One kilogram of hydrogen holds as much energy as a gallon of gasoline (just under 4 liters). But at ambient pressures, that same kilogram of hydrogen occupies more space than the drum of a typical concrete mixing truck. Pressurized tanks can hold more but add weight and costs to vehicles. Liquefying hydrogen requires chilling it to –253°C — usually a disqualifying expense.

These storage issues — along with a lack of pipelines and distribution systems — are the main reasons why, in the race to electrify cars, batteries have won out over fuel cells, which convert hydrogen to electricity.


The oil and gas industry has punctured Earth with millions of wells. How could it have overlooked hydrogen for so long? One reason is that hydrogen is scarce in the sedimentary rocks that yield oil and gas, such as organic-rich shales or mudstones. When compacted and heated, the carbon molecules in those rocks consume any available hydrogen and form longer chain hydrocarbons. Any hydrogen the oil encounters as it migrates to a porous “reservoir” rock such as a sandstone tends to react to form more hydrocarbons. Hydrogen can also react with oxygen in rocks to form water or combine with carbon dioxide to form “abiotic” methane. Microbes gobble it up to make yet more methane.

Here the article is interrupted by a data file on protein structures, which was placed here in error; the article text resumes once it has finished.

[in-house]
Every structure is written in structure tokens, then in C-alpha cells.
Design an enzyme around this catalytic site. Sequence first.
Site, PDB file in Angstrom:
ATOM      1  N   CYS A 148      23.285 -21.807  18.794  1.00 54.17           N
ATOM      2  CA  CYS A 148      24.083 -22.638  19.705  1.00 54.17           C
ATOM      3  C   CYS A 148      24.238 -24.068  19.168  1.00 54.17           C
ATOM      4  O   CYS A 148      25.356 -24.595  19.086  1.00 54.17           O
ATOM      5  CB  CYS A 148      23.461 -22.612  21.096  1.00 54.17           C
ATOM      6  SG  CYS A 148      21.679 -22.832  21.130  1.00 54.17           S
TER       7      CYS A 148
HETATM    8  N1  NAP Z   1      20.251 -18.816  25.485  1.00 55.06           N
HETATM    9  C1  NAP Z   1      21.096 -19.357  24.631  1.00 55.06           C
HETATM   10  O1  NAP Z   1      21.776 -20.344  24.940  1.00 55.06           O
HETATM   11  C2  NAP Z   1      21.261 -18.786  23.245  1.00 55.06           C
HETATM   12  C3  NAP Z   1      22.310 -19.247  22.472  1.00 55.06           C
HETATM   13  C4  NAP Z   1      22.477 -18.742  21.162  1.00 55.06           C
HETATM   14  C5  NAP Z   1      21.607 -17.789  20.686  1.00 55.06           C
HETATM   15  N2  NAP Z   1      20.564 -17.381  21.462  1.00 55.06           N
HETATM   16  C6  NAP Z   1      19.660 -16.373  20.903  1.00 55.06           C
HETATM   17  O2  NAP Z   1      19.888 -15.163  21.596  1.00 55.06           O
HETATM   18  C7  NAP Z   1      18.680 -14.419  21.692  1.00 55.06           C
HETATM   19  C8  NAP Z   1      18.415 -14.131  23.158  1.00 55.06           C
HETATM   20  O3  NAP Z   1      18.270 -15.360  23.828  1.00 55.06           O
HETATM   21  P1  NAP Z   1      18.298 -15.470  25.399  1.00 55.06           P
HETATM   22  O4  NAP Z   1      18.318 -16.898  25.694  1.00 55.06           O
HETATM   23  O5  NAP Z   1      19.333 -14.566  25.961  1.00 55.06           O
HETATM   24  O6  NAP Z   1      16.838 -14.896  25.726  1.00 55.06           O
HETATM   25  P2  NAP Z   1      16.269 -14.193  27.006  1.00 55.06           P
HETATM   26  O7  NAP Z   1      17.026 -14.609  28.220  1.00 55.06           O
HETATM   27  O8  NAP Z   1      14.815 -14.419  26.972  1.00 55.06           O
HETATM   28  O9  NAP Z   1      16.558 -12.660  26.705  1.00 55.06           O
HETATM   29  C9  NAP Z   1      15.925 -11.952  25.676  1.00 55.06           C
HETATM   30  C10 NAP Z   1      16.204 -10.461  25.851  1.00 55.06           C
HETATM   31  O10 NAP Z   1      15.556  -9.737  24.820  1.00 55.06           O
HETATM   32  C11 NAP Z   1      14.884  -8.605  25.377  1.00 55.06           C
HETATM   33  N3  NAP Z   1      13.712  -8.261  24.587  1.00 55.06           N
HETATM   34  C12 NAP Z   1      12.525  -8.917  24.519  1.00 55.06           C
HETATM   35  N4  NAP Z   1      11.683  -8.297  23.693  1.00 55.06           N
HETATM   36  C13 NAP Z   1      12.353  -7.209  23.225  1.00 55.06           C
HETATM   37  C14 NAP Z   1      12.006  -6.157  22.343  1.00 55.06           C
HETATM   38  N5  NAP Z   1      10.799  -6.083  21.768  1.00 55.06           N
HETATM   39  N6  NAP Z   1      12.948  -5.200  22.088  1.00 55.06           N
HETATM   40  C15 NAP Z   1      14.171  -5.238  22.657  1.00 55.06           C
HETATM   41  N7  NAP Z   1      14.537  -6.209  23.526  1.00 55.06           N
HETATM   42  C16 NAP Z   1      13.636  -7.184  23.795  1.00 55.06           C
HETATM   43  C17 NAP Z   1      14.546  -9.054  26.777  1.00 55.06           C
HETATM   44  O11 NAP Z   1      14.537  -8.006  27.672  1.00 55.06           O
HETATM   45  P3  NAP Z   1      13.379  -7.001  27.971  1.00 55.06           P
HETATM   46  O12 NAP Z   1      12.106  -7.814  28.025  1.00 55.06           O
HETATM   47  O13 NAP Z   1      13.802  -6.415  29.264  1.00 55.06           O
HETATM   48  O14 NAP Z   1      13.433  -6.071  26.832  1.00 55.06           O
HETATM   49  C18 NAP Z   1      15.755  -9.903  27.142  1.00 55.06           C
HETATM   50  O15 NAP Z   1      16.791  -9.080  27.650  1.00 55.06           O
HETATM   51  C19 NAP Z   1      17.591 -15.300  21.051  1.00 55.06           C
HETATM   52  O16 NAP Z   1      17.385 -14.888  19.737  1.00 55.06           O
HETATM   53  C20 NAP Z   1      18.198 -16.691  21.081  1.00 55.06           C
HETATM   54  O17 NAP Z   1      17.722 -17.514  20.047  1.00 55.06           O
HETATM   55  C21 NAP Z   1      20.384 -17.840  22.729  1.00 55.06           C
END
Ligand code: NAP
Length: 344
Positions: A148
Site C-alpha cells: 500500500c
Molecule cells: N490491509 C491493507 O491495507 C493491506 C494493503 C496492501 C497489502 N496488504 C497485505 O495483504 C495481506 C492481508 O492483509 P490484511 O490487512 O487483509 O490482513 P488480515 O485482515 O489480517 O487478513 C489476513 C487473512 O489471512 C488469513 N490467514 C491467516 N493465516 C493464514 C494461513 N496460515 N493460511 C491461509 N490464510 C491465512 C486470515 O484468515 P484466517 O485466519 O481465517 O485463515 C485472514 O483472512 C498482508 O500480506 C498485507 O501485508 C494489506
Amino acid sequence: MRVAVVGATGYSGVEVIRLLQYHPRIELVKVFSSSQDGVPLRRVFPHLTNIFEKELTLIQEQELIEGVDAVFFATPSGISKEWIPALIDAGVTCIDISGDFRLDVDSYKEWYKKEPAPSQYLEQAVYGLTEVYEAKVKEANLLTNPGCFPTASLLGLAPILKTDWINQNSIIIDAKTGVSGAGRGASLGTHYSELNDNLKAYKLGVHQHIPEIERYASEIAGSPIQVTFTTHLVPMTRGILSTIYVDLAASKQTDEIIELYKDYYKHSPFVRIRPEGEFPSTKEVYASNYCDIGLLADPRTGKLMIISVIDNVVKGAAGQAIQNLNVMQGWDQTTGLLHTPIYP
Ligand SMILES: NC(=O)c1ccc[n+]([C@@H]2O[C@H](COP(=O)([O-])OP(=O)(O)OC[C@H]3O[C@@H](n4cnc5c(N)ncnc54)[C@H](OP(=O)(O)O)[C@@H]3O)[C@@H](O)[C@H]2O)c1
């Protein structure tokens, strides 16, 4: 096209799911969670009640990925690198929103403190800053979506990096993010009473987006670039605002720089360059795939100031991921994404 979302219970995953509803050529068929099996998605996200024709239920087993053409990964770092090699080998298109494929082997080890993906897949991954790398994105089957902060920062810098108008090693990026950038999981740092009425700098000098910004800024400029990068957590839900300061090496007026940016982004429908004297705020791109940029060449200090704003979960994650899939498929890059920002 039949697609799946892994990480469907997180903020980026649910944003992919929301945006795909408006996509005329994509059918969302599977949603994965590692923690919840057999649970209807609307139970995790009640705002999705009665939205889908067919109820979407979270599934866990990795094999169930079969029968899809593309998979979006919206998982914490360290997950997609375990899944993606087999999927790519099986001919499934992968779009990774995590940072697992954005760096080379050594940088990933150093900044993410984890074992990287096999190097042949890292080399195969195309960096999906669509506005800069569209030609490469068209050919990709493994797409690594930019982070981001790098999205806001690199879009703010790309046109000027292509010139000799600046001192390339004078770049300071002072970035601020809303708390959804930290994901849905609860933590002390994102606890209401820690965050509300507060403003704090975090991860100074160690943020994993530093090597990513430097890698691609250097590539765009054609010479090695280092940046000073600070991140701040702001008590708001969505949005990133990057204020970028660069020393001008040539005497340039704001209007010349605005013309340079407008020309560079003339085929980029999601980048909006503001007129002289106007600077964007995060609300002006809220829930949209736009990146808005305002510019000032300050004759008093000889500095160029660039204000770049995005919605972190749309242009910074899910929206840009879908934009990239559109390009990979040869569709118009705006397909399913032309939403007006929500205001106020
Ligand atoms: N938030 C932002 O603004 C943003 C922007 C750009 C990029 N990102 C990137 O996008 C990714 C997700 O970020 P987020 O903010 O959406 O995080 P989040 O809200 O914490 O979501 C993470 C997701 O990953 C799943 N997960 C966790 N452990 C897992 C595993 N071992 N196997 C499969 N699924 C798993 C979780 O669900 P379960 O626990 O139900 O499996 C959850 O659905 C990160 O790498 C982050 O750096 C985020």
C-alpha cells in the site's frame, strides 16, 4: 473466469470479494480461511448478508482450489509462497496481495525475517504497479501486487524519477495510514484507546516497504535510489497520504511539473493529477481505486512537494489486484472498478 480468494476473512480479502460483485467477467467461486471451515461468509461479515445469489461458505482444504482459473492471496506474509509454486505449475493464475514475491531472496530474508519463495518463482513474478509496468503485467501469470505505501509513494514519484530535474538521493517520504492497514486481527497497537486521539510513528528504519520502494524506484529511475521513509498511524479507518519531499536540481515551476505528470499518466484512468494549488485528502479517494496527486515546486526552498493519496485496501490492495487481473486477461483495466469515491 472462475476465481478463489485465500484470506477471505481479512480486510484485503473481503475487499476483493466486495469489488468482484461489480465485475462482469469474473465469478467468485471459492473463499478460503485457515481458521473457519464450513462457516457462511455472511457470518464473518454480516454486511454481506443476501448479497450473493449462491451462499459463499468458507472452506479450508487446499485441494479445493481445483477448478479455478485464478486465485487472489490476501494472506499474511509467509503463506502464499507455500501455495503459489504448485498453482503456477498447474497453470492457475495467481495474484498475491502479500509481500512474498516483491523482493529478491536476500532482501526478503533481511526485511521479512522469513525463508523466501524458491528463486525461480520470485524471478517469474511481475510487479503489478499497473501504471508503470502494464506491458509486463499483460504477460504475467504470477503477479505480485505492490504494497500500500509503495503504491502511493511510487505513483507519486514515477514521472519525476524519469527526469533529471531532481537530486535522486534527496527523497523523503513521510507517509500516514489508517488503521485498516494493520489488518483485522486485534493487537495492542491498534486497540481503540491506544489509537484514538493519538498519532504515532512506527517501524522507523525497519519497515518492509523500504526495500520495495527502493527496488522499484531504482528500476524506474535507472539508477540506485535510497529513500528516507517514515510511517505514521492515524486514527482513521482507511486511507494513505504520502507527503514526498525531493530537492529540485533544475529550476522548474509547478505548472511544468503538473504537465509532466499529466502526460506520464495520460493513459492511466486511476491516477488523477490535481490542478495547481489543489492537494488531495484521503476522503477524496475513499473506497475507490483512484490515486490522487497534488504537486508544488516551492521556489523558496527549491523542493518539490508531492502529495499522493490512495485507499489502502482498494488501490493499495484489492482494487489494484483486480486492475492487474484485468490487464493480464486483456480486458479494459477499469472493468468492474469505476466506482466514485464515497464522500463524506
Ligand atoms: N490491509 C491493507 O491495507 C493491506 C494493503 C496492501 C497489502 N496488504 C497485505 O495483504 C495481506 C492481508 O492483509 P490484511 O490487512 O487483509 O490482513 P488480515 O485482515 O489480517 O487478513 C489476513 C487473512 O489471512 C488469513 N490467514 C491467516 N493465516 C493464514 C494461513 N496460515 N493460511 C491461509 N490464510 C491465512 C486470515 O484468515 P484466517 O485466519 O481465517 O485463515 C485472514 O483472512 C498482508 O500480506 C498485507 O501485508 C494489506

Even if the hydrogen survives, geologists thought, it should not accumulate. Hydrogen is the smallest molecule of all: It can leak through minerals and even metals. If Earth were producing hydrogen, it seemed unlikely to hang around.

And so, historically, when well loggers cataloged their borehole emanations, they rarely bothered to measure for hydrogen.


Yet the hints were there for those who did look. According to Zgonnik, a geochemist who recently published a review of natural hydrogen, the first scientific discussion of it dates to 1888, when Dmitri Mendeleev, the father of the periodic table, reported hydrogen seeping from cracks in a coal mine in Ukraine. Zgonnik, who was born and raised in Ukraine, says reports of hydrogen are relatively common throughout the former Soviet Union — because Soviet researchers were looking for it. They held to a now discredited theory that would have required significant amounts of natural hydrogen to produce oil from nonliving processes rather than from ancient life.

Ozempic and Wegovy do help people lose weight

Saturday, April 1st, 2023